#DigiWomenKA: Noémie Jaquier

Female role models are important. They point out possibilities, help us to define our own goals and we can learn from their experiences. In our blog series #DigiWomenKA, Katharina Iyen meets one such role model from the Karlsruhe digital sector once a month to find out more about them, their experiences and their commitment. Today she talks to Noémie Jaquier, postdoctoral researcher at the Chair of High Performance Humanoid Technologies (H²T) at the Institute of Anthropomatics and Robotics of the Karlsruhe Institute of Technology (KIT) and currently a visiting postdoctoral researcher at Stanford University.

By Katharina Iyen

#DigiWomenKA goes international, that could be the title of today’s post. Noémie Jaquier is currently a visiting researcher in California, USA. Thanks to the video call, overcoming the physical distance is no problem and I have the pleasure of meeting the Karlsruhe AI newcomer of 2023. While they’re talking about the Californian weather at 10 a.m., which is characterized by endless sunny days, I’m sitting in front of my computer at 7 p.m. in autumnal Germany. I ask them about the differences in mentality between Baden-Württemberg and California. She laughs: “Some people don’t come into the office until around 12 o’clock, but stay until late at night. Right now, I’m still here on my own. That’s also a luxury. I would be lying if I said that I wasn’t feeling a little envious by now at the latest. Fortunately, we quickly get into her current research projects in the field of humanoid robotics at Stanford, because that takes my mind off things.

AI newcomer of the year 2023 with deep-rooted enthusiasm for technology

Dr. Noémie Jaquier from the Karlsruhe Institute of Technology (KIT) has a clear mission: robots should not only support people in the laboratory, but also in everyday life. As a passionate computer scientist, she is one of the ten up-and-coming talents who were recently named “AI Newcomer 2023” by the Federal Ministry of Education and Research and the Gesellschaft für Informatik e.V. for their outstanding contributions in the field of artificial intelligence. She received the award as one of the talents in the technical and engineering sciences category.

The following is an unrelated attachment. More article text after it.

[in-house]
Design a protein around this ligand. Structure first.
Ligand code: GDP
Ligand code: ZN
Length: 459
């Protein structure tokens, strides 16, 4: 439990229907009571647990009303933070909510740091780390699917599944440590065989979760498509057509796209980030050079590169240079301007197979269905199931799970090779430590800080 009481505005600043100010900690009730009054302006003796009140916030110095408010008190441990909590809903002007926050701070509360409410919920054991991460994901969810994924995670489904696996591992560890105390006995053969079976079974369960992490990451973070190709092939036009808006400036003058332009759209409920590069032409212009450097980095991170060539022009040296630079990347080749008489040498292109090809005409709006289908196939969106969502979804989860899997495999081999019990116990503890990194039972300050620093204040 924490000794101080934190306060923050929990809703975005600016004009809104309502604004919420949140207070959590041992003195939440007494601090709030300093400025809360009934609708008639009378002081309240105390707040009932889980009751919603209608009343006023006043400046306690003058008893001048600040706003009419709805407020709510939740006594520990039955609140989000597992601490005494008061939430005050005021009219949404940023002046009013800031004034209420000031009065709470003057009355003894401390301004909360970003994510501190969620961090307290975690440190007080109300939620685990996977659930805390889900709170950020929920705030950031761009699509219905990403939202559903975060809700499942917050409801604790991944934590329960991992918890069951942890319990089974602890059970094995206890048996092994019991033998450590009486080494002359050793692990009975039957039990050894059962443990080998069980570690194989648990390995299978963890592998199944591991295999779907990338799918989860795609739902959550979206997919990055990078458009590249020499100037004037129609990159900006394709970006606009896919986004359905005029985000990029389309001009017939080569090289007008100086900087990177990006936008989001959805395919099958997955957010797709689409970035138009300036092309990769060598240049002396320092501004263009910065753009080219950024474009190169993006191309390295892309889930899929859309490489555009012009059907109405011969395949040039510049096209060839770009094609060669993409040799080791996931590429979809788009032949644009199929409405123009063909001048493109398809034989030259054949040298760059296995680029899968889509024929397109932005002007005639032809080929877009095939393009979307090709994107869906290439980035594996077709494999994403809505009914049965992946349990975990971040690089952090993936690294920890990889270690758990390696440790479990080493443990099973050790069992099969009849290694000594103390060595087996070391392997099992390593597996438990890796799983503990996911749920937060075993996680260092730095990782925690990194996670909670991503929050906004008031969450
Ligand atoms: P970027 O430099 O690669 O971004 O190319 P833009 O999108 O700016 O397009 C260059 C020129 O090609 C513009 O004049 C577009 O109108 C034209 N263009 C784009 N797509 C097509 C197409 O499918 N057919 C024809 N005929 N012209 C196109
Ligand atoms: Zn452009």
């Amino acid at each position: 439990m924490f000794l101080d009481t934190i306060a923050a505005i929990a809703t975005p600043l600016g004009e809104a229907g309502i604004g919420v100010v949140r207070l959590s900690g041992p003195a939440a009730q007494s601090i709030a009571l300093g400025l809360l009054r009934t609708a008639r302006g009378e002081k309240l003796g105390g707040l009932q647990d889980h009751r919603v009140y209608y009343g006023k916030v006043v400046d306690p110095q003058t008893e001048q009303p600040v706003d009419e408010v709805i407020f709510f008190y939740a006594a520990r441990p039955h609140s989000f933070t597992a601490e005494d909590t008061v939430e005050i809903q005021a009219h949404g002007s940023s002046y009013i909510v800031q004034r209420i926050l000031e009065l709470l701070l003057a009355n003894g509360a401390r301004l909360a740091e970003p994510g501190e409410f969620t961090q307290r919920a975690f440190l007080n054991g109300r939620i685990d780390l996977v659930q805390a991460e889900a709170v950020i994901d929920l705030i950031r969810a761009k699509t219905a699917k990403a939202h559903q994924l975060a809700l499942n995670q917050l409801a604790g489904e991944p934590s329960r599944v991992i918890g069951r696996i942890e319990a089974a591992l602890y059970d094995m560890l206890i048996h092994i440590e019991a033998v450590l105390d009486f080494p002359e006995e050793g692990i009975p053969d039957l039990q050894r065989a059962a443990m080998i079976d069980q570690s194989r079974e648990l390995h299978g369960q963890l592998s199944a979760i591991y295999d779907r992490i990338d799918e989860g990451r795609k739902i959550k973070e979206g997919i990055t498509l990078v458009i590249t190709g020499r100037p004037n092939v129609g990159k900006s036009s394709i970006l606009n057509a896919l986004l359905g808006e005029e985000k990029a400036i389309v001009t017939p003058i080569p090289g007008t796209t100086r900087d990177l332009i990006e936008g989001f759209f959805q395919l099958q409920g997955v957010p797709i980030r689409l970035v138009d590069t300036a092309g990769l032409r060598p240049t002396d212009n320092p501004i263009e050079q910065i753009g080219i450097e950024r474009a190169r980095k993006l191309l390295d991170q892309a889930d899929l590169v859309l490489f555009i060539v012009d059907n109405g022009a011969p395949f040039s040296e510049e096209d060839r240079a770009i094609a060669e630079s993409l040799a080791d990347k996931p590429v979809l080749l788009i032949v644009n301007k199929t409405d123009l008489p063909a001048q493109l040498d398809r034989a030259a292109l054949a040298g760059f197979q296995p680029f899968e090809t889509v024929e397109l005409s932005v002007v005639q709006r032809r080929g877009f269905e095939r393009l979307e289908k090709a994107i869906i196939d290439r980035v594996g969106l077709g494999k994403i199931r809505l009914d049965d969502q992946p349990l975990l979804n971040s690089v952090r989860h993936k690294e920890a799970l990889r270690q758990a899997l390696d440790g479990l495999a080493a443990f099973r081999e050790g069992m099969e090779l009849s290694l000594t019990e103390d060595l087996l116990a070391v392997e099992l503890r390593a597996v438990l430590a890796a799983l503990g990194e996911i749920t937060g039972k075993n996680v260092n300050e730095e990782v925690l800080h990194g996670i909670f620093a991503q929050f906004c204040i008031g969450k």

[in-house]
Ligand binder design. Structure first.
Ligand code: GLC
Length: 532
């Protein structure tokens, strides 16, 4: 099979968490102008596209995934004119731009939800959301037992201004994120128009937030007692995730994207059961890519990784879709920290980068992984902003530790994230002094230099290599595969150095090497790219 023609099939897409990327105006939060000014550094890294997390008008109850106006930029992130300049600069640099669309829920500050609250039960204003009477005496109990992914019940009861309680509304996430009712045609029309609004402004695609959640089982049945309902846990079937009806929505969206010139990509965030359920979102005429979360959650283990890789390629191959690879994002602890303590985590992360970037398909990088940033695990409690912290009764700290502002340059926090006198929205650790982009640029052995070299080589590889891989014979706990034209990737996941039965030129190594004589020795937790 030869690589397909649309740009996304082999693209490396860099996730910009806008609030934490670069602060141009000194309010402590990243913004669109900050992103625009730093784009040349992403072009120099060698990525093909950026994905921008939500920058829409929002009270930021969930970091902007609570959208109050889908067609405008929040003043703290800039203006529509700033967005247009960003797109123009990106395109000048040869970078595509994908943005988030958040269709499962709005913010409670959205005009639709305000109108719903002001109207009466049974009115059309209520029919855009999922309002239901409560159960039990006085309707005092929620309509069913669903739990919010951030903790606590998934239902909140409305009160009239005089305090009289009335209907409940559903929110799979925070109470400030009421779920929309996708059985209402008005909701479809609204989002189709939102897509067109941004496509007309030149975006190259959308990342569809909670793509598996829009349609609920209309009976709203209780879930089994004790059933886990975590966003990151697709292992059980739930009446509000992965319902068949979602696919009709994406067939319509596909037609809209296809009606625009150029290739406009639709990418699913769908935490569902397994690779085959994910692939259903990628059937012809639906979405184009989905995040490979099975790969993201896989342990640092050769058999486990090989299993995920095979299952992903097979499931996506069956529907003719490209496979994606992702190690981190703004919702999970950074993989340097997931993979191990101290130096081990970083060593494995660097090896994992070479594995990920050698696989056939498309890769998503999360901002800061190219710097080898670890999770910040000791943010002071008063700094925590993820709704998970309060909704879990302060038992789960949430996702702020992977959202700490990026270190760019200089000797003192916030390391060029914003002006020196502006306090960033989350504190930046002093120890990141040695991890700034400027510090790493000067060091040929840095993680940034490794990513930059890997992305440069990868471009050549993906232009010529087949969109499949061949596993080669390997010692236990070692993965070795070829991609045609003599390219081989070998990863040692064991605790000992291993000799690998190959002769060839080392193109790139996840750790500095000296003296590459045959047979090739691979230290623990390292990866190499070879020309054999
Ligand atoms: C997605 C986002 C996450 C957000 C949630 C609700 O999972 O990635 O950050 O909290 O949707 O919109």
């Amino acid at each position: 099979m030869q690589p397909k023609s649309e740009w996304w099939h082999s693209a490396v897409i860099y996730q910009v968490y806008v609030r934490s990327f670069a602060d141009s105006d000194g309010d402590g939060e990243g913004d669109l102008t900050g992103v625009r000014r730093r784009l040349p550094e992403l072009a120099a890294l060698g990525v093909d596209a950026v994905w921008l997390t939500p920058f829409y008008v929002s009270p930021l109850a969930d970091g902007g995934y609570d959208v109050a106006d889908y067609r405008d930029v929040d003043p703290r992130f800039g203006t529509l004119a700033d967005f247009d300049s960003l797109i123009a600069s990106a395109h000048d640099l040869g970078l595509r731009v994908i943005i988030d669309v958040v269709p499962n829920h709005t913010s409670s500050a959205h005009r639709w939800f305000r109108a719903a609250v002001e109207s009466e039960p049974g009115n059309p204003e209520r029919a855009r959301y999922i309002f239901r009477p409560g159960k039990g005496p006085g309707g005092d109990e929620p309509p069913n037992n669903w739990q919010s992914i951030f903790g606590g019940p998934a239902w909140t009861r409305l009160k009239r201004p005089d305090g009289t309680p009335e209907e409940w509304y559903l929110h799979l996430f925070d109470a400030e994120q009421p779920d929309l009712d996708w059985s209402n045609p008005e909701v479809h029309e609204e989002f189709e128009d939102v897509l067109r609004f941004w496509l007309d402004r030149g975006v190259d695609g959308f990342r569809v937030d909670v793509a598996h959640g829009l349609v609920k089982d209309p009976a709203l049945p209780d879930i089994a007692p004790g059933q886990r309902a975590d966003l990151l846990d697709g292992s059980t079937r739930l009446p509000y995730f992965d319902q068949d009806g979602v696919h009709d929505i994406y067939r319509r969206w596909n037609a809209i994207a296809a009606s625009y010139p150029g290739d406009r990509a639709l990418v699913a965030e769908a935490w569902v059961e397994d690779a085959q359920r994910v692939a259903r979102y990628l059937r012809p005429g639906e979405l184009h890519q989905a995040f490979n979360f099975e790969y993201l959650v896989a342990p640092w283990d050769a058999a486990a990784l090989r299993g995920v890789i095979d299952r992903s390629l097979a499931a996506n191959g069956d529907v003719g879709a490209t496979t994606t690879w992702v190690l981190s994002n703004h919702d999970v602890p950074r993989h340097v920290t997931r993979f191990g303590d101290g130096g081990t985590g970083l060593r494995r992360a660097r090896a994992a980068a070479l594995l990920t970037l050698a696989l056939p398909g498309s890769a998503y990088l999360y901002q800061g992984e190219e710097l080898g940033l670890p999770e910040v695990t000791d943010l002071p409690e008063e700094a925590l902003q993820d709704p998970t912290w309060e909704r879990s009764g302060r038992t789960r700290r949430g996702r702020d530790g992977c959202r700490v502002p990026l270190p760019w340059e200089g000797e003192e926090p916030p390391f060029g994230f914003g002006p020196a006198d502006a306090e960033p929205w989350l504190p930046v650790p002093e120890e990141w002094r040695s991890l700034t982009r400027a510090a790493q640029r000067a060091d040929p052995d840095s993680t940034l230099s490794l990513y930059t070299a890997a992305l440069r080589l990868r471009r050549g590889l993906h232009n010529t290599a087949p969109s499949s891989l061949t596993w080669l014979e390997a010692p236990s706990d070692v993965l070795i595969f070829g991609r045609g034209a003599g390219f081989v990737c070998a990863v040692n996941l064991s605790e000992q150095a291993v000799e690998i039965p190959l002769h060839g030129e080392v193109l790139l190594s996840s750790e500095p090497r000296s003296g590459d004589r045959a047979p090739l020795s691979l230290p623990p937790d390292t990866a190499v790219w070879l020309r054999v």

But her enthusiasm for technology has very deep roots, says the Swiss native from Lausanne: “My parents supported my love of technology and science from the very beginning. Her father, a physicist, introduced his three daughters to the world of science far removed from the usual gender stereotypes. For example, her parents gave her a Lego robot for Christmas, which had a decisive influence on her later enthusiasm: “This gift definitely sparked my fascination for technology and I spent many hours tinkering and experimenting with my father and the robot.”

Katharina Iyen and Noémie Jaquier in conversation. Photo: Katharina Iyen
Katharina Iyen and Noémie Jaquier in conversation. Photo: Katharina Iyen

Her mother also always encouraged Jaquier and her sisters to follow their interests. “Even young girls need the freedom to pursue their interests, be it in the world of cars or robots. Gender stereotypes should not play a role in what interests and passions a girl or woman can pursue. It’s about living and exploring your own dreams, regardless of societal expectations,” explains Jaquier.

On the way to cutting-edge research

And so Jaquier initially studied micro-engineering in her home country for a Bachelor’s degree. This was followed by a Master’s degree in Robotics and Autonomous Systems, where she discovered her passion for the fusion of robotics, machine learning and Riemannian geometry.